Podcast #332 – Jason Burt, on Being Coached by Toyota

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Joining me today for Episode #332 is Jason Burt, owner of EHIP Consulting. Jason is a Lean consultant and business coach with an extensive and diverse background, including a manufacturing career where he has led and coached organizations to increased levels of efficiency and performance. Using the Toyota Production System (TPS) approach has allowed him to positively change cultures to achieve sustainable improvements.

During his time at Herman Miller, Jason spent 18 months learning TPS directly from Toyota as a Toyota Lean Consultant. Toyota and Herman Miller were in a partnership during his time with the company, which allowed him to receive direct coaching from Toyota Senseis for the entire 16 years.

I was interested in talking with Jason about what it was like learning from Toyota's TSSC organization (a group that has done great work with a UCLA eye clinic and a food bank, to name two that I've featured on the blog). We talk about a wide range of topics, including common misunderstandings about TPS and Lean, the Toyota goals of developing people and their clients (knowing results will follow), and how he sometimes has to adapt to work with clients and their expectations. I hope you enjoy the conversation!

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For a link to this episode, refer people to www.leanblog.org/332.

For earlier episodes of my podcast, visit the main Podcast page, which includes information on how to subscribe via RSS, through Android appsor via Apple Podcasts.  You can also subscribe and listen via Stitcher or Spotify.

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Questions, Topics, and Links:

  • Find Jason on LinkedIn
  • Find Jason on Twitter
  • Jason's blog
  • How did you first get introduced to Lean and TPS?
    • Do you see Lean and TPS as being synonyms or are there differences out there?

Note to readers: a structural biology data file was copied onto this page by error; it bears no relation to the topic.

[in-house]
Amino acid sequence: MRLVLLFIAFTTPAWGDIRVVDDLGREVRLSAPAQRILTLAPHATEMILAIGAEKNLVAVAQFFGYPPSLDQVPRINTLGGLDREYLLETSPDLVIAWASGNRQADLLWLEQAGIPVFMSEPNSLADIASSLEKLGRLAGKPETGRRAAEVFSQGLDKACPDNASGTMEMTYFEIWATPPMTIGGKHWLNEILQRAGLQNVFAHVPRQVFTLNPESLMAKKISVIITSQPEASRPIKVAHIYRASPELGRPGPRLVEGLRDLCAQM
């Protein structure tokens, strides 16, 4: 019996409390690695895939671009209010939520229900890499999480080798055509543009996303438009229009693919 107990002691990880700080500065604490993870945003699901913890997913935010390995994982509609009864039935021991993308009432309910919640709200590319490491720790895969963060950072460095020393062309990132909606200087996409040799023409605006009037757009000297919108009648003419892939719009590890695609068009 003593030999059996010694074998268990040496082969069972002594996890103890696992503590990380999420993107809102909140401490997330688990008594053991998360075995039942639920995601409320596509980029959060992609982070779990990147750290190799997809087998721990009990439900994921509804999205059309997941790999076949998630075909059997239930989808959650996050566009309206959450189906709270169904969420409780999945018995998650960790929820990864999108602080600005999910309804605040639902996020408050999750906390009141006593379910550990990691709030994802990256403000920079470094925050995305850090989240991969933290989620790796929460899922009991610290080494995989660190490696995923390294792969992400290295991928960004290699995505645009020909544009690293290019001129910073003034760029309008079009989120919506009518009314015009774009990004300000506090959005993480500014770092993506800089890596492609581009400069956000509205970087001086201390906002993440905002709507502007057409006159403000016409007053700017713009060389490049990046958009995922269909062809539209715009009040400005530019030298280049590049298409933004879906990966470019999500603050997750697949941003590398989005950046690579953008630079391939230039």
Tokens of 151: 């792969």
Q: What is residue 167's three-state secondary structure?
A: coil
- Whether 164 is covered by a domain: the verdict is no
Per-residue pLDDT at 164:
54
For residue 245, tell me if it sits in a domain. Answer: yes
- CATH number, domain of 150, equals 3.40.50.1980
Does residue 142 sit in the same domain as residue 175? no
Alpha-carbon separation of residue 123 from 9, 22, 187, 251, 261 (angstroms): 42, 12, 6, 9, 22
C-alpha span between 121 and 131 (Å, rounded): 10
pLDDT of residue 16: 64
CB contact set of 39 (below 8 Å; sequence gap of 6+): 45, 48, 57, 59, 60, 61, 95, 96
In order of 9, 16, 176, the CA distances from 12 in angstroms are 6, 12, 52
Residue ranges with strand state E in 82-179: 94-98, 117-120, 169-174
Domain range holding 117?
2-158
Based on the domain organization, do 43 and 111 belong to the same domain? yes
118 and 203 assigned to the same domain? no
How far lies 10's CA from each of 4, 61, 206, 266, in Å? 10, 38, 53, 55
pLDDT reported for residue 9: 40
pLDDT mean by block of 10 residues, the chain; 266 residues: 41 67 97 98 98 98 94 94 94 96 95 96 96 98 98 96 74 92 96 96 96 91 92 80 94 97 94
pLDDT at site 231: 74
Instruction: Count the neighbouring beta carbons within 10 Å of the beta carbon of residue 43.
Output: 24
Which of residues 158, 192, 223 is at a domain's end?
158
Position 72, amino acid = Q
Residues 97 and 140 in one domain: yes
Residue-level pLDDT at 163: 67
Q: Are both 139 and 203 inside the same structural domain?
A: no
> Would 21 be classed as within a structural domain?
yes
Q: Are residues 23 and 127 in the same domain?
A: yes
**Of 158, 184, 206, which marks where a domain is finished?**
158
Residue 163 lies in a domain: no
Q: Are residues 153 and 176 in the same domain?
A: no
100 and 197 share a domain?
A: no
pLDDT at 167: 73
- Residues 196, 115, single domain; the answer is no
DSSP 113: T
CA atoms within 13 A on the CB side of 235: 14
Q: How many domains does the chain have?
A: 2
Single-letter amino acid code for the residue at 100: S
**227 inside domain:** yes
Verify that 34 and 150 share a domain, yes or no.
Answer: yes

• Why Lean?
  • Tell us about the Herman Miller Production System… what was it like to be an internal consultant / coach?
  • What were some of the successes and benefits of Lean at Herman Miller?
    • What were some of the struggles and challenges?
    • Mistakes and lessons learned, in the spirit of “Practicing Lean?
    • Why were there “two factions” where one facility was being coached by Toyota and another had a consultant who used “kaizen workshops” primarily?
    • What are some misunderstandings that you've seen about Lean?
      • Different styles vs. misunderstandings?
      • “Lean and Six Sigma are two separate things”
  • What was it like being coached by TSSC? – “Getting in the trenches”
    • What was your opportunity to work directly for TSSC for a period?
      • “One of only three HMI (Herman Miller) employees (out of 6000) commissioned to spend time with Toyota in order to strengthen Herman Miller's TPS learning”
    • A TSSC employee was on site for 18 months, paid for by Herman Miller
    • Goals: Developing people and their clients… results will follow
      • Different than focusing on “ROI & results” first
  • How did the culture and management system change at Herman Miller?
  • What have you done since Herman Miller?
    • What is it like introducing Lean / TPS to different companies?
    • “Unfortunately, I have to adjust my style sometimes… try to find the right clients.”
  • What's the difference or opportunity in being an interim executive?
  • How can companies help keep manufacturing in the USA by using the Lean approach
    • Why is this important?
  • How can people learn more about your work and contact you online?

Another Podcast with Jason Burt:

Thanks for listening!

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Mark Graban is an internationally-recognized consultant, author, and professional speaker who has worked in healthcare, manufacturing, and startups. His latest book is Measures of Success: React Less, Lead Better, Improve More. He is author of the Shingo Award-winning books Lean Hospitals and Healthcare Kaizen, as well as The Executive Guide to Healthcare Kaizen. He also published the anthology Practicing Lean that benefits the Louise H. Batz Patient Safety Foundation, where Mark is a board member. Mark is also a Senior Advisor to the technology company KaiNexus.

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